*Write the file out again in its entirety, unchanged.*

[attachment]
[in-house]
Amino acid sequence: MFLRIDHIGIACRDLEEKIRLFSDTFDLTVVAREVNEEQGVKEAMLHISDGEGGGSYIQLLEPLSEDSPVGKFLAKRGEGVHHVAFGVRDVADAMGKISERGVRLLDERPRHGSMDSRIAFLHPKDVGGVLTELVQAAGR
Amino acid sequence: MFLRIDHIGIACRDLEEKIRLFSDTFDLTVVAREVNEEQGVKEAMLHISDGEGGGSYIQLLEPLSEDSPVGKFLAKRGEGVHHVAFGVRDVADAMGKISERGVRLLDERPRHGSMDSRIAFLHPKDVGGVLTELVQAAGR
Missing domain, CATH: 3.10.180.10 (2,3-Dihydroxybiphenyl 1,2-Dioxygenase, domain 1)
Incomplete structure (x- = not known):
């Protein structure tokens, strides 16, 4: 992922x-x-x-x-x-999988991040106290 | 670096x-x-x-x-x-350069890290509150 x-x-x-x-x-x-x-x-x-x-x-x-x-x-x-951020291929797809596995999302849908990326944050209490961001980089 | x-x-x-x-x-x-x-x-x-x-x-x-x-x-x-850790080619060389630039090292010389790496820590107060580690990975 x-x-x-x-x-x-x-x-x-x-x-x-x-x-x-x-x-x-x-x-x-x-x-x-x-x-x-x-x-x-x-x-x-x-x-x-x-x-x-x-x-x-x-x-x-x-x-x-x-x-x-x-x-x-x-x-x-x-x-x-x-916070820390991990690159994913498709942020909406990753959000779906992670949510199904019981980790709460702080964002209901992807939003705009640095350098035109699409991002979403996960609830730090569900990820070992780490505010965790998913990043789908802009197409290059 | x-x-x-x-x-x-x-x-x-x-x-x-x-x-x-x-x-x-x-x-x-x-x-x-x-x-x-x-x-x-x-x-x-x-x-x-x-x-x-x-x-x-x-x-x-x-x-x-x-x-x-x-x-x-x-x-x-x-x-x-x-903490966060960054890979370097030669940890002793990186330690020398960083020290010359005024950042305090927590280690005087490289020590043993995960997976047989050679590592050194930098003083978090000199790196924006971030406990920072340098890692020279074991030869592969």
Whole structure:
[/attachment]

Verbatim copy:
[in-house]
Amino acid sequence: MFLRIDHIGIACRDLEEKIRLFSDTFDLTVVAREVNEEQGVKEAMLHISDGEGGGSYIQLLEPLSEDSPVGKFLAKRGEGVHHVAFGVRDVADAMGKISERGVRLLDERPRHGSMDSRIAFLHPKDVGGVLTELVQAAGR
Amino acid sequence: MFLRIDHIGIACRDLEEKIRLFSDTFDLTVVAREVNEEQGVKEAMLHISDGEGGGSYIQLLEPLSEDSPVGKFLAKRGEGVHHVAFGVRDVADAMGKISERGVRLLDERPRHGSMDSRIAFLHPKDVGGVLTELVQAAGR
Missing domain, CATH: 3.10.180.10 (2,3-Dihydroxybiphenyl 1,2-Dioxygenase, domain 1)
Incomplete structure (x- = not known):
């Protein structure tokens, strides 16, 4: 992922x-x-x-x-x-999988991040106290 | 670096x-x-x-x-x-350069890290509150 x-x-x-x-x-x-x-x-x-x-x-x-x-x-x-951020291929797809596995999302849908990326944050209490961001980089 | x-x-x-x-x-x-x-x-x-x-x-x-x-x-x-850790080619060389630039090292010389790496820590107060580690990975 x-x-x-x-x-x-x-x-x-x-x-x-x-x-x-x-x-x-x-x-x-x-x-x-x-x-x-x-x-x-x-x-x-x-x-x-x-x-x-x-x-x-x-x-x-x-x-x-x-x-x-x-x-x-x-x-x-x-x-x-x-916070820390991990690159994913498709942020909406990753959000779906992670949510199904019981980790709460702080964002209901992807939003705009640095350098035109699409991002979403996960609830730090569900990820070992780490505010965790998913990043789908802009197409290059 | x-x-x-x-x-x-x-x-x-x-x-x-x-x-x-x-x-x-x-x-x-x-x-x-x-x-x-x-x-x-x-x-x-x-x-x-x-x-x-x-x-x-x-x-x-x-x-x-x-x-x-x-x-x-x-x-x-x-x-x-x-903490966060960054890979370097030669940890002793990186330690020398960083020290010359005024950042305090927590280690005087490289020590043993995960997976047989050679590592050194930098003083978090000199790196924006971030406990920072340098890692020279074991030869592969």
Whole structure: